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Tracking down fake modules in Shenzhen’s Huaqiangbei District

Shenzhen's Huagiangbei district

Shenzhen’s Huagiangbei district is a Mecca for makers – amateur inventors, hardware hackers, and do‑it‑yourself enthusiasts who think, breathe, and sleep electronics. Also known as the “Silicon Valley of Hardware,” the streets of Huangiangbei are busy urban canyons lined with high‑rises and multi‑story buildings. Enter the 72‑story Saige (SEG) Electronics Market Plaza, one of the district’s more emblematic towers, and you’ll find yourself in a labyrinth of electronics shops that extends over the building’s first eight floors.

From the aisles between the small two‑by‑two meter stalls, you can watch vendors pack their goods into boxes for their Aliexpress customers to the constant cracking of packaging tape being peeled off its roles. And looking around the stalls, each dedicated to a single product type, from cables to connectors, from mechanical parts to maker boards, from LEDs to PCBs, you’ll see every rule in the book on handling fragile electronics components broken: people sleeping on counters, vendors counting parts or connectors by hand out of big plastic bags, others manually bending leads from connectors with pliers.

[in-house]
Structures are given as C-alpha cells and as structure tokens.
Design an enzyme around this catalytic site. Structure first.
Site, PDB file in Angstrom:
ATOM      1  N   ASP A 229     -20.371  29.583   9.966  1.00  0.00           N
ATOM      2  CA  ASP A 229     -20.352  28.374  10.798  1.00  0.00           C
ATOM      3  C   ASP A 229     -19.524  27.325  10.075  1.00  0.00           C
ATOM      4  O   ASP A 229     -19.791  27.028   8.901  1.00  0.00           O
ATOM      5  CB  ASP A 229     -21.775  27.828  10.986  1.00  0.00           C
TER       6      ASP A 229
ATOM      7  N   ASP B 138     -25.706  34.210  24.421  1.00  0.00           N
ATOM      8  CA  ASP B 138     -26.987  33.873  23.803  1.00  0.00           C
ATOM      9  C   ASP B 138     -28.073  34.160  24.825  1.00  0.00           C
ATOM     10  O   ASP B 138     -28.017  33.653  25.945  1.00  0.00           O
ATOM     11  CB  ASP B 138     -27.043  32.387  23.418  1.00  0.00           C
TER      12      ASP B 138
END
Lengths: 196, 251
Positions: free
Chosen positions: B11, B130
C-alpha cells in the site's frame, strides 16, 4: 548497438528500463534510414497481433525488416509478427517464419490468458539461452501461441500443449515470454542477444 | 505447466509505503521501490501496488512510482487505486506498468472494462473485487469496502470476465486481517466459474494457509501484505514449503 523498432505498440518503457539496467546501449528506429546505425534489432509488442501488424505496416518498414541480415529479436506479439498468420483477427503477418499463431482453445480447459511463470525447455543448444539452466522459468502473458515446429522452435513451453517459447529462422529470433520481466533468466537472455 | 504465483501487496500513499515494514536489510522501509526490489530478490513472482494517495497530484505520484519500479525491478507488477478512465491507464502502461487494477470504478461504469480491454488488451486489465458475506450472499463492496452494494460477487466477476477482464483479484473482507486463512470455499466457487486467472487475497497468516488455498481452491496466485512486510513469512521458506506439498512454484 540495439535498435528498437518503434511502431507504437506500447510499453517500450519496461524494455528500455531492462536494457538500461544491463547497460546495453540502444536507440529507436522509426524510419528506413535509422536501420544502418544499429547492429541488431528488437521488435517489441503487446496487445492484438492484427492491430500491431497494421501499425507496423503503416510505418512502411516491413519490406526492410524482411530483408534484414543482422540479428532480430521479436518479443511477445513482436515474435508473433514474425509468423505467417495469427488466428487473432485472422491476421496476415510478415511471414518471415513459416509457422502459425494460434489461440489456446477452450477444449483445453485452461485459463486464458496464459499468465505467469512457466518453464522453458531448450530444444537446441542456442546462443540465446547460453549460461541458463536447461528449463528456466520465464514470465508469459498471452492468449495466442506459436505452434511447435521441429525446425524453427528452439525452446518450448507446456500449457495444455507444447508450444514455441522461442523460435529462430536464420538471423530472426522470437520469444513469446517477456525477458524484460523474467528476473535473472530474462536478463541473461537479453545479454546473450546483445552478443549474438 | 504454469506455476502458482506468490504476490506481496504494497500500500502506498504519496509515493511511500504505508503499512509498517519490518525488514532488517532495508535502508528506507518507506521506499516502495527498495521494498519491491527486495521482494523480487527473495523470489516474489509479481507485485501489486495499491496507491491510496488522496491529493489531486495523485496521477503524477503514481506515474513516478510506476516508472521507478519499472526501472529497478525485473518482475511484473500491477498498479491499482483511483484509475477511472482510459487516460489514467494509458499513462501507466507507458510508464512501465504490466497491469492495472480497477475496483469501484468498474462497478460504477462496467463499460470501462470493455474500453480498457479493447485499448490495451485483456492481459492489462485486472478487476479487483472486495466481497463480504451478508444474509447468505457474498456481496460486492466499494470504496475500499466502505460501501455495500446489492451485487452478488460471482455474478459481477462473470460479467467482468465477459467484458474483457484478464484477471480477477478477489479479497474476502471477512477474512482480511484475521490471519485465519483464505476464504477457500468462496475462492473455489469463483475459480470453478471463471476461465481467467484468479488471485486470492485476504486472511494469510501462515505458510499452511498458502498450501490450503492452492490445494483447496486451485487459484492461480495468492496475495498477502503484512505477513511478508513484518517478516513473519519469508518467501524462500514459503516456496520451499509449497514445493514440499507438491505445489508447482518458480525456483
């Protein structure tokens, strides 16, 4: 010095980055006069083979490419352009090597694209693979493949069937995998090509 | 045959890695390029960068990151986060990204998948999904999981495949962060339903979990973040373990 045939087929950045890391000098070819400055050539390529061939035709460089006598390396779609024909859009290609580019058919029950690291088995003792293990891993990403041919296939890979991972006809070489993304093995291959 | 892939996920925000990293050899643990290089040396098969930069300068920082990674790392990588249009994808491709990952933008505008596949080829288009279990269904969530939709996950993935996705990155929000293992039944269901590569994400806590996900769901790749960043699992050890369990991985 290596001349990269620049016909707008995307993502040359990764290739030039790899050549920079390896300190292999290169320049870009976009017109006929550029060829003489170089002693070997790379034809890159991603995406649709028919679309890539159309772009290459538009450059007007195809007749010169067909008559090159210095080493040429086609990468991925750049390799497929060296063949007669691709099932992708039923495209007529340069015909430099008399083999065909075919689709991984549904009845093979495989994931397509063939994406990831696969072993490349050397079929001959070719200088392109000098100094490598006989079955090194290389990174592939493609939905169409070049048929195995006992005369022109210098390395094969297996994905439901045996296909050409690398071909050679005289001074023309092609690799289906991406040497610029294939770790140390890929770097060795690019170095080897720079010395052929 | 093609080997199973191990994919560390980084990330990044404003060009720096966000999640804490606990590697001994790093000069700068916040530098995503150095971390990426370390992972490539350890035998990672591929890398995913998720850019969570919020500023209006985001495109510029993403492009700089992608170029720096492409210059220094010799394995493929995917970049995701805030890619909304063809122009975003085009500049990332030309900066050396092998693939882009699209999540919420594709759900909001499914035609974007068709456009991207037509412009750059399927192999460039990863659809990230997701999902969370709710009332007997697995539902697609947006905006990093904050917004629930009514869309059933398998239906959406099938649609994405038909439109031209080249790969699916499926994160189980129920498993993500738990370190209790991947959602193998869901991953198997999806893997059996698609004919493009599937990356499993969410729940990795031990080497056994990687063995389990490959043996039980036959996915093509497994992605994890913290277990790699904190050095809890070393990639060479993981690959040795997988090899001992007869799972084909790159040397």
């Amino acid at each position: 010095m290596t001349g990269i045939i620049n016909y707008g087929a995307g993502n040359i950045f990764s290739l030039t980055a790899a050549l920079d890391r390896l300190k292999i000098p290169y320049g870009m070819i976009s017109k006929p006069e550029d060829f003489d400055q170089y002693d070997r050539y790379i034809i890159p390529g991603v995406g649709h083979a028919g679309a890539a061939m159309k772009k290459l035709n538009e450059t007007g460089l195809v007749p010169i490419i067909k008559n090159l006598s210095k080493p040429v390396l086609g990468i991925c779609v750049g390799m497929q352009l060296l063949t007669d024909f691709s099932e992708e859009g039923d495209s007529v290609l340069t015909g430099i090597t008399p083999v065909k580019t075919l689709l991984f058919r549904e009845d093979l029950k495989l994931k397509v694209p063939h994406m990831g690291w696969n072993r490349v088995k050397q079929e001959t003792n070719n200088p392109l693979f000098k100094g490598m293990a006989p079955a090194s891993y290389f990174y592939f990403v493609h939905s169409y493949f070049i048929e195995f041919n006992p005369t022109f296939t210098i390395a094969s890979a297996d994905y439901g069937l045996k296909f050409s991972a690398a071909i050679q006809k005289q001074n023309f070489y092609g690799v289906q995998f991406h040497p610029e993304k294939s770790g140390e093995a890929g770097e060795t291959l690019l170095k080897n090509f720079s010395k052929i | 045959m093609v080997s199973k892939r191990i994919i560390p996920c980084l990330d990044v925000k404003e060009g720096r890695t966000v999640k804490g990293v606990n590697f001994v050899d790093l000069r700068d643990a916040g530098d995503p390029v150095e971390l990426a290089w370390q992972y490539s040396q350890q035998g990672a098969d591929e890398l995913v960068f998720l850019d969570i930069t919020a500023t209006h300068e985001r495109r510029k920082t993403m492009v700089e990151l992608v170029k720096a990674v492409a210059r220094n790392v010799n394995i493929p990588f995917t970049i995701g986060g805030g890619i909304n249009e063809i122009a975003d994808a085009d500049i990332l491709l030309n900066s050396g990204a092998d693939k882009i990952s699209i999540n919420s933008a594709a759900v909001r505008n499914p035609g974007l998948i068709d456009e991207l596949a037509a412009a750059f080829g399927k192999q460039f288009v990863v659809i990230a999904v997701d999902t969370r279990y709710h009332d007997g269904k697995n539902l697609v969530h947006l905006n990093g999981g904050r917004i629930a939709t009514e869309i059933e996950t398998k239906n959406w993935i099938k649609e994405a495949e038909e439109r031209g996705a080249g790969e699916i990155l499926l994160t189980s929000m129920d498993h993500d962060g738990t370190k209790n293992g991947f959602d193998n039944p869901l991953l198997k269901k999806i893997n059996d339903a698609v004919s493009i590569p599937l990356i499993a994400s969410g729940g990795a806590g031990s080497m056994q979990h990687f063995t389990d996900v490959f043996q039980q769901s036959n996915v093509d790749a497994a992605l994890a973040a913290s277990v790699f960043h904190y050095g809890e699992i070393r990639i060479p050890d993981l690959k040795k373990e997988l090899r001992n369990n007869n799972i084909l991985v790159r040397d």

Shenzhen's Huagiangbei districtBut if you’re a maker, you’ll probably overlook the chaos and get right to haggling for parts for your next project.

On a double mission

I was in Liuxiandong, 20 kilometers away from Huagiangbei, in early November, 2017, to meet with representatives of Seeed Studio, a Shenzhen based distributor of microelectronic components for the international developer and maker communities that also develops hardware and offers manufacturing services. We were wrapping up discussions on two of their new maker boards, both of which use u‑blox technology. The first combines two u‑blox modules – one for GNSS, the other for dual NB‑IoT / LTE Cat M1 connectivity – into a wireless asset tracker. The second is a Raspberry Pi LTE Hat for LTE Cat 1 connectivity.

Since I was nearby, I decided to take some time to head to the Saige building, not for a maker project I had in mind, but in search of something else Huagiangbei is known for, something that can take a toll on companies such as u‑blox: knockoffs.

Until our NEO‑6M GNSS module took the drone industry by storm, we, as a company, had been relatively spared by knockoffs. Now, fake NEO‑6Ms are all over the Internet. You can find them on eBay, Alibaba or Aliexpress. Typically, they are sold at submarket value, sometimes on preassembled maker boards. While some manufacturers of knock‑offs clearly lack copying capabilities, others go the extra mile to make their fakes as close to the real thing as possible. Either way, the result for companies like u‑blox is the same: low quality modules with subpar performance gnaw at the company’s reputation and are sold in place of genuine components.

Three degrees of faking